Kabul, Afghanistan (CNN) -- A suicide bomber attacked police headquarters in the volatile city of Kandahar on Friday, killing a top police official and two others, the Interior Ministry said.
Khan Mohammad Mujahed -- the police chief of Kandahar province, in the country's war-wracked southern region -- was slain, Interior Ministry spokesman Zemary Bashary said.
Mujahed had been leaving the office for home when a man wearing a military uniform detonated a bomb at the entrance of police headquarters. Along with the police official, the director of the Kandahar terrorism department and another police officer died.
"Three other policemen were seriously injured," Bashary said.
The violence erupted after U.S. Secretary of State Hillary Clinton said in prepared remarks at a NATO conference of foreign minister in Berlin that "we should recognize that we are on the cusp of what promises to be a violent spring fighting season."
"We have to steel ourselves and our publics for the possibility that the Taliban will resort to the most destructive and sensational attacks we have seen," she said.
Kandahar, which has a strong militant presence, is the birthplace of the Taliban and has been the scene of fierce fighting over the years between international forces and insurgents.
It has been wracked with anti-American demonstrations lately over the burning of a Quran, the Muslim holy book, in the United States.
In this, as in other instances, the International Security Assistance Force condemned the strike and vowed to find the attackers.
"Our prayers are with the families and friends of those suffering from today's terrible losses," said Gen. David Petraeus, commander of ISAF.
"This attack was the act of cowardly insurgents desperate to prevent the empowerment of the Afghan Security Forces and the Afghan people."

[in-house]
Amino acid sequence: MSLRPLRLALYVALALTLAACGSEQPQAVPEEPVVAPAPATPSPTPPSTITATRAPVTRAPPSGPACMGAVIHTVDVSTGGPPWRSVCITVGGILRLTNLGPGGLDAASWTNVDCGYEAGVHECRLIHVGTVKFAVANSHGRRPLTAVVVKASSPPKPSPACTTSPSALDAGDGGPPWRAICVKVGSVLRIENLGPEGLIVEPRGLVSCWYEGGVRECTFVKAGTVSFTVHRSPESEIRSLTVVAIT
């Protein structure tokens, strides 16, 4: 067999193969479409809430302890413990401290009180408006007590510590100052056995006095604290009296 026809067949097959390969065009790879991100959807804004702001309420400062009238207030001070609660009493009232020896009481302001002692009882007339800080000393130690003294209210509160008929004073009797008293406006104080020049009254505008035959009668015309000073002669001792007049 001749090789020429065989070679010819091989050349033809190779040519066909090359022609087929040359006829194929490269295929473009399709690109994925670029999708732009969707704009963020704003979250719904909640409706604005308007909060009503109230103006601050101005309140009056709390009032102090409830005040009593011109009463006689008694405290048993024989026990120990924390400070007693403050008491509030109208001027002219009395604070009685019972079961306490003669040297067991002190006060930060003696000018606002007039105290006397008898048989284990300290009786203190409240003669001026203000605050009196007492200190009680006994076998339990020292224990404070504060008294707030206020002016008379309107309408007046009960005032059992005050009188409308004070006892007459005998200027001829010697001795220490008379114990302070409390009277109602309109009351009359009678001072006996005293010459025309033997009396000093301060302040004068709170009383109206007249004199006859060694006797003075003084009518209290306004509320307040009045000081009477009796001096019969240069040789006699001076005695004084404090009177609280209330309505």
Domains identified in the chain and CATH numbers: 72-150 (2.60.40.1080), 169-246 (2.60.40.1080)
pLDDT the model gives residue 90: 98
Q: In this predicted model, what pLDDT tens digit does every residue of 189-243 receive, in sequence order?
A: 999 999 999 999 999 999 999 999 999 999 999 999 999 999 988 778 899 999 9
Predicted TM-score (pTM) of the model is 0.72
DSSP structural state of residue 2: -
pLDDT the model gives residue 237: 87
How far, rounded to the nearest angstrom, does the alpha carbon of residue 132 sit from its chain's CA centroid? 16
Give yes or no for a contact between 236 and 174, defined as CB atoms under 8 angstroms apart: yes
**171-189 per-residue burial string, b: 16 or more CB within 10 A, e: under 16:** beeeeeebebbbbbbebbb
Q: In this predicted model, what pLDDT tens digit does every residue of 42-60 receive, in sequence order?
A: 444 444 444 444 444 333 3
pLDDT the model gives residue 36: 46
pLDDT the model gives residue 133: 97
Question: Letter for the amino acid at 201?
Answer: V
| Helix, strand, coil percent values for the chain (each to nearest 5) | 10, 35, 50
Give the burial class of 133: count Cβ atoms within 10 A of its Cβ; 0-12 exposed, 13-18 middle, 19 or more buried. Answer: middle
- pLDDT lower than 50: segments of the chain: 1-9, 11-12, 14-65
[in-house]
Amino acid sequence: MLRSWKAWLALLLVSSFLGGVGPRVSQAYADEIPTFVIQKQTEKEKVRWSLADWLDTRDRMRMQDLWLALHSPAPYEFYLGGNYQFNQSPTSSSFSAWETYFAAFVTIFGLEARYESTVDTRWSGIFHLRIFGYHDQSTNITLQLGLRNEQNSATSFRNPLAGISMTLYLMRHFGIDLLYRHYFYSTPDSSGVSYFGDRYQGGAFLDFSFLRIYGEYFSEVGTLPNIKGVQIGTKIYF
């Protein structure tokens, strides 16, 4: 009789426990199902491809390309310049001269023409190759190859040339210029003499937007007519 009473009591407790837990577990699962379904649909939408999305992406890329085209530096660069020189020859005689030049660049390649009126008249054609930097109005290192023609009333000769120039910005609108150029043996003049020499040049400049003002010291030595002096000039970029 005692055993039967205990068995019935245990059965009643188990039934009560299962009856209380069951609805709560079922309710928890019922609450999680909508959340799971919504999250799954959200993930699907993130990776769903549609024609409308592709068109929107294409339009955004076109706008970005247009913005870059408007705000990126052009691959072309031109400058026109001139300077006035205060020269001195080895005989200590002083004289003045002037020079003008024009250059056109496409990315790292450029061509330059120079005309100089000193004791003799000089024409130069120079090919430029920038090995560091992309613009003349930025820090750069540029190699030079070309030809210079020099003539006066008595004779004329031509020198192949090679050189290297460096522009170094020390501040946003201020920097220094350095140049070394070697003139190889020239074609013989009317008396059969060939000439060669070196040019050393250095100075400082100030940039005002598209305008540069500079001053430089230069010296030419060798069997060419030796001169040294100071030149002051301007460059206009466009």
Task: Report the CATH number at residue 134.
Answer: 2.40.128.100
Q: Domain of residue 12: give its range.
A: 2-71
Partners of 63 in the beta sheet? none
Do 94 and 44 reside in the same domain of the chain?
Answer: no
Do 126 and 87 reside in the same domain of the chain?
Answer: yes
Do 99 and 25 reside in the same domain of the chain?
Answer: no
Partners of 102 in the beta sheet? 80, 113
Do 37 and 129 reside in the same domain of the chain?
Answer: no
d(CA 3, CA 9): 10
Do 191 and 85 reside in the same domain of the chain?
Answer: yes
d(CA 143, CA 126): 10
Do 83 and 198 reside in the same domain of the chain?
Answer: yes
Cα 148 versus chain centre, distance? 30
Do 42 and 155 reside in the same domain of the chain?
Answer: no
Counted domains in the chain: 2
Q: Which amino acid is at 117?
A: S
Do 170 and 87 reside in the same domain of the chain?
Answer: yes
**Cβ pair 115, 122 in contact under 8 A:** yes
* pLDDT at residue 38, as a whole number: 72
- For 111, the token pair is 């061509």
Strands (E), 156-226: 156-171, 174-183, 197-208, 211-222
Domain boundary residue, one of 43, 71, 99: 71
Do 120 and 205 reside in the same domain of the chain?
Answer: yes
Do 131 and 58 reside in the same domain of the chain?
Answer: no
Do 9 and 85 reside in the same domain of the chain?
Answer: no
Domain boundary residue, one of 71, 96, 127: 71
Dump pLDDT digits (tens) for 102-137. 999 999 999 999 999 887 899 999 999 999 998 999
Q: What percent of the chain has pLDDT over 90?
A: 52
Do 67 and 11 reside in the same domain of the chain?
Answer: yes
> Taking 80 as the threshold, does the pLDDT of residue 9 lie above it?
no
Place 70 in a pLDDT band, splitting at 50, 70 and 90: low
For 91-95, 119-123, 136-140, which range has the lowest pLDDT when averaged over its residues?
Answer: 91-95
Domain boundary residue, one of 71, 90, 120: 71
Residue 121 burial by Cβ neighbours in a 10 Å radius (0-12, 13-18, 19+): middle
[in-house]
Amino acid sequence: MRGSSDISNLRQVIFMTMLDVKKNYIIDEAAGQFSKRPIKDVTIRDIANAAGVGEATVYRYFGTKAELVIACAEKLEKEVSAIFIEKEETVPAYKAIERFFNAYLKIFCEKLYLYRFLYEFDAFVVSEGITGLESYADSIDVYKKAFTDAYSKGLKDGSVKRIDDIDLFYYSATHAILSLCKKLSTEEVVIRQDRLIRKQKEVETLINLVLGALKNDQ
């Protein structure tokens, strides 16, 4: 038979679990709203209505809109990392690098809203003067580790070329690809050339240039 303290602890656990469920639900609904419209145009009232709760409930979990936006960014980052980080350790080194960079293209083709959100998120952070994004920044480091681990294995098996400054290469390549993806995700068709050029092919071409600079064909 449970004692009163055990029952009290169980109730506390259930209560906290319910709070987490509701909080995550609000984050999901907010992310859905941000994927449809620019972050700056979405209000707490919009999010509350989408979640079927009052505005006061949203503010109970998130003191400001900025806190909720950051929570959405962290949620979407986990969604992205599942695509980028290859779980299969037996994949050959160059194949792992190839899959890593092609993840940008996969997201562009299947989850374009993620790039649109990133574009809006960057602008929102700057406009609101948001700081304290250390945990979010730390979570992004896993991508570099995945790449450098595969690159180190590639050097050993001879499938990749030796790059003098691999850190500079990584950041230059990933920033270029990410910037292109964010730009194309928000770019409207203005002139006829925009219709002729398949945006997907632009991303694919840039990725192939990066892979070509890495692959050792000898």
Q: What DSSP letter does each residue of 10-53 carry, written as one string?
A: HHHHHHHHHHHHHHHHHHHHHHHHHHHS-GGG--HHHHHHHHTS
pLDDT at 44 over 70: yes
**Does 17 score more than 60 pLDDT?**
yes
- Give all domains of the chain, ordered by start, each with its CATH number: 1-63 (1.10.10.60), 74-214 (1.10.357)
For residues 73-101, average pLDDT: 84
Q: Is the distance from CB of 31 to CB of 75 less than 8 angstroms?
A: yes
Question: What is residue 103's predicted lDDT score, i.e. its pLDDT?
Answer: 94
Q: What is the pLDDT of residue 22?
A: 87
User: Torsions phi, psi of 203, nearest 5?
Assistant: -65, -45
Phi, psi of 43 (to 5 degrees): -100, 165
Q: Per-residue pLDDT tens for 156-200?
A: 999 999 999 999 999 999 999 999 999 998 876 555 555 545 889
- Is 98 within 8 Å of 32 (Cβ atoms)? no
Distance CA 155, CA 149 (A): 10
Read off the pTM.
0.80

The U.S. Embassy in Kabul called the attack "deliberate and brutal attack" and said it displayed the "cowardice and inhumanity of terrorists."
"Police Chief Mujahed was a highly respected senior member of the Afghan National Police Force who dedicated his career to maintaining security and stability for his country. We commend the brave law enforcement personnel who risk their lives to protect the people of Kandahar, and we know that the loss of Police Chief Mujahed will be strongly felt," the Embassy said.
The Quran burning by a U.S. pastor swept through Kandahar, where there have been a series of demonstrations, including one April 3 that left three dead and another April 2 that resulted in nine deaths and more than 70 injuries.
The first big protest against the Quran burning occurred in the northern Afghan city of Mazar-e Sharif, when demonstrators stormed a United Nations office and killed 12 people.
The demonstrations were sparked by the actions of controversial Florida pastor Terry Jones, who presided over what he called a trial of the Quran on March 20. The holy book of Islam was "found guilty" by members of Jones' tiny church and burned, according to a release posted on the church's website.
There have been other recent strikes targeting security forces.
In February, two mines went off in a playground, killing 10 people, at a picnic hosted by the former police chief of Arghandab district in the province.
In the same month, at least 19 people were killed and 49 wounded when armed attackers targeted a police headquarters in Kandahar. The attack killed 15 police officers, one Afghan soldier, a government security officer and two civilians.
Canadian and U.S. forces are stationed in Kandahar province. Clinton cited an effort to help civilians bolster their "governance, civil society and economic development" in places like Kandahar city and Marja, in nearby Helmand province.
"We all know there will be tough moments ahead," Clinton said.
"The Quran burning and the violence that followed was one of those moments. We deeply regret that hateful gesture and deplore the inexcusable attacks that followed on the U.N.'s compound in Mazar-e Sharif and innocent Afghan civilians."
Journalist Reshad Fazel contributed to this report.